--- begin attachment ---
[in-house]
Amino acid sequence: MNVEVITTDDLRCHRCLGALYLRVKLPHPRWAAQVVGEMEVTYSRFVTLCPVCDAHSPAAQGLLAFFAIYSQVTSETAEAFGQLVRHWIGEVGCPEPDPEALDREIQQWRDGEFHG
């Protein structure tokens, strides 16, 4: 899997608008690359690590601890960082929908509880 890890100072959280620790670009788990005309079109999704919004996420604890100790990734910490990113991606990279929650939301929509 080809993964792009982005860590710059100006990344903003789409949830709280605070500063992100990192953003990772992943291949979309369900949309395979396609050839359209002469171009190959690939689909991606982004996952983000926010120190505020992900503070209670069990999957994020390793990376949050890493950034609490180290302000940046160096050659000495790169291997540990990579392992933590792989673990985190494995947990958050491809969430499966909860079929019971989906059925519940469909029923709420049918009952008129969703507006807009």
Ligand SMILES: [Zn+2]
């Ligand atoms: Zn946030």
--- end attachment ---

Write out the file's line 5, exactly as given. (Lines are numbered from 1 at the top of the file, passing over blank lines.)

């Ligand atoms: Zn946030």